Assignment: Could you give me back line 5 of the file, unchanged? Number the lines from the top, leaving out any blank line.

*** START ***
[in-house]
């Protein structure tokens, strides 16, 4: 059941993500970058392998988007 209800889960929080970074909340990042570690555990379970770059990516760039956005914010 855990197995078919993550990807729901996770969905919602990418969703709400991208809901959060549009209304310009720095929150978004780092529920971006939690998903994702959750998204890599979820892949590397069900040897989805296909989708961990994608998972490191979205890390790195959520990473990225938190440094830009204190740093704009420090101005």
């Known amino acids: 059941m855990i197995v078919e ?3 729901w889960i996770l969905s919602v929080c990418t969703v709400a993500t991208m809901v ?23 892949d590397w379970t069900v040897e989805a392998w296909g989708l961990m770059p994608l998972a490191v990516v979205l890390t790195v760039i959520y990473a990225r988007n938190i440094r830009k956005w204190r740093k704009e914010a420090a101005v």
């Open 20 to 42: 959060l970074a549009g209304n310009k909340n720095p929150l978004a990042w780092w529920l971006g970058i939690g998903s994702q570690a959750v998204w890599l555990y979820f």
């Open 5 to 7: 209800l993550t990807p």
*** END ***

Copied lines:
């Open 5 to 7: 209800l993550t990807p």